Improved User Satisfaction and Usability

Employees increasingly use applications to complete their tasks, and each third-party service requires a unique username and password. This puts a lot of pressure and aggravation on employees. Notably, on average, US employees can switch between thirteen applications thirty times a day. Limiting employees to one sign-on improves their productivity and allows them more uninterrupted work time as they quickly access whatever they need. This reduces stress and improves user satisfaction.

Enhanced Customer Experience

The improved customer experience is one of the biggest benefits of deploying SSO. According to a recent survey, 34 percent of customers abandon their shopping carts because they don’t want to create an account or remember their password. Using SSO eliminates this problem. Customers will have a better experience, leading to more loyal customers, higher conversion rates, and better brand awareness.

Increased Adaptation Response

A new app that irritates users with a cumbersome sign-on procedure will be less successful than one that provides a more pleasant experience. Thanks to today’s competitive market, customers will always have an alternative if yours is too much trouble to use. SSO increases the odds that consumers will choose your app.

What Are the Challenges when Using SSO

While implementing SSO seems like a win for your application, it does carry some potential disadvantages:

  • What happens if SSO is down?
  • Who controls integrated third-party SSO IDaaS?
  • What if someone breaches your user account?

Linking multiple apps to a single point of entry can be risky, especially if it’s compromised or the service goes down. This could block or compromise access to all connected applications. Additionally, integrating third-party SSO services could affect your control over your service or application.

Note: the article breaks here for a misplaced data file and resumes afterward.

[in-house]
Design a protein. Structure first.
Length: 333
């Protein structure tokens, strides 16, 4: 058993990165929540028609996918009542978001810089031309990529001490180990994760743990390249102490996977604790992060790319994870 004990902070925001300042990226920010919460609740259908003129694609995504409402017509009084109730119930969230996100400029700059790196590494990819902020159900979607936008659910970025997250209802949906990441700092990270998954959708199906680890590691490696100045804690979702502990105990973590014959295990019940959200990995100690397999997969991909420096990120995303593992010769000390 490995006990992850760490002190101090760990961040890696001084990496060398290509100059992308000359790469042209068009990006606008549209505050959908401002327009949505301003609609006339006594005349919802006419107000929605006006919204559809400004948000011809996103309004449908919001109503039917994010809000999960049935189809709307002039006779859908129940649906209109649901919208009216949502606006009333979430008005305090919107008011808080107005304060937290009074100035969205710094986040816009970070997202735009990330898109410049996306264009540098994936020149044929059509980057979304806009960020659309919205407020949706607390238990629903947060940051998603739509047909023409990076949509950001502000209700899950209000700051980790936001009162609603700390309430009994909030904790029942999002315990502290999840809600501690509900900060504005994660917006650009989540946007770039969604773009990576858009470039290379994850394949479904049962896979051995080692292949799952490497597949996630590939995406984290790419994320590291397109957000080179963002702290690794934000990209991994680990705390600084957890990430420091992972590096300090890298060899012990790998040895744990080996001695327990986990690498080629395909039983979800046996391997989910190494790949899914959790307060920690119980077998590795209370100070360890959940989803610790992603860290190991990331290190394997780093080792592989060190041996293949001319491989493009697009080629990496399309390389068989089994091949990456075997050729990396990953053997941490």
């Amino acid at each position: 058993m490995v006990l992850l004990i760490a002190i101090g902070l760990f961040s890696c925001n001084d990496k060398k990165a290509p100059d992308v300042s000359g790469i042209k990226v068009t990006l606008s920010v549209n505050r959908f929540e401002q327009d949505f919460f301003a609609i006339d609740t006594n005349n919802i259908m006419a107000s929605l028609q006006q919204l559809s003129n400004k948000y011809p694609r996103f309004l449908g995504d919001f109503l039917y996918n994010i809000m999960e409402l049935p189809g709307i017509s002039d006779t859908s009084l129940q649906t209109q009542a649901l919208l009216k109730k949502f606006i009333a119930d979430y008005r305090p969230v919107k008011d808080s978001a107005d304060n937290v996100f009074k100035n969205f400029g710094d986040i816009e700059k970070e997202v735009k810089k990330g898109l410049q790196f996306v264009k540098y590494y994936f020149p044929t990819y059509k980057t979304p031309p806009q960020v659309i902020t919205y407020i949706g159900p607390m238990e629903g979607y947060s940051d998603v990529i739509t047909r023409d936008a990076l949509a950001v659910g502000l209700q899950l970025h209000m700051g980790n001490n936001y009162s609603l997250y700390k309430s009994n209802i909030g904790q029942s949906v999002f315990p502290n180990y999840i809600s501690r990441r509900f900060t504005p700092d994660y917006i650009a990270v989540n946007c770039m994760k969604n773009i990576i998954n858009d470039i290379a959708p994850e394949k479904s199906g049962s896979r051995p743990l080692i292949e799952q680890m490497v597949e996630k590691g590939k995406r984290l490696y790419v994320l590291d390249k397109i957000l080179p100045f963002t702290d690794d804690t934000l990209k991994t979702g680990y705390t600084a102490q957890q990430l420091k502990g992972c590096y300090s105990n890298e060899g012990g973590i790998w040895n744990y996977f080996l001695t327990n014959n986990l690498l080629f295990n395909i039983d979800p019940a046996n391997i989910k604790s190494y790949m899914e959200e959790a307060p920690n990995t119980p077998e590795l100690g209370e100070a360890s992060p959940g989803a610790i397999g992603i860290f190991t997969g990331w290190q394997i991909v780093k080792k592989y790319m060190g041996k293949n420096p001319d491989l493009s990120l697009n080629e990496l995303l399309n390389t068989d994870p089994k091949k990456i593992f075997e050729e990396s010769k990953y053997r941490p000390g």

However, possible control issues can be addressed by implementing your own SSO solution or by relying on a trusted third party provider to manage SSO for you. As for potential breaches, many SSO platforms offer customizable security integrations and policies to address the needs of your environment.

Why the Pros of SSO Outweigh the Cons

Ultimately, the benefits of SSO for developers make it worth the potential control or security risks.

For one thing, SSO decreases the number of attack surfaces. Cybercriminals are primarily interested in usernames and passwords, and they gain a new opportunity every time a user signs into a new application. With SSO, users log in at regular intervals, often as little as once per day. They only use one set of credentials, which means they only have to remember one set.

Additionally, SSO helps with regulatory compliance. Regulations, such as Sarbanes-Oxley, mandate that IT controls be documented and that firms prove they’re using proper data security measures. SSO is a way to fulfill data access and antivirus protection needs. It can also aid compliance with standards, like the Health Insurance Portability and Accountability Act (HIPAA), which require proper authentication of users accessing electronic records and audit procedures to track activity and access. HIPAA regulations, for example, require users to log out automatically, which most SSO solutions provide.

Keep in mind that some liability does lie with users, who need to use robust passwords or enable MFA while using SSO. Customers almost never use distinct passwords for separate apps. In fact, 53 percent of US residents surveyed said they use the same or similar passwords across numerous accounts. A hacker who gains access to one of these accounts will likely get access to the others.

An even stronger method of ensuring secure access is using SSO in conjunction with an identity and access management (IAM) system. A central directory regulates user access to resources on a more granular level, which helps businesses comply with rules mandating that users be given necessary permissions. With role-based access control (RBAC) and security policies, IAM systems enable SSO. Another typical compliance need is deprovisioning users quickly or automatically to ensure that former employees can’t access sensitive data.

Conclusion

The multiple systems and apps that your team members or customers use daily can simplify their lives, but the increased need for multiple passwords can make their lives harder as well as cause security problems.

SSO allows them to access apps and services more conveniently, quickly, and securely. This is a win for your customers and team members as well as for your organization.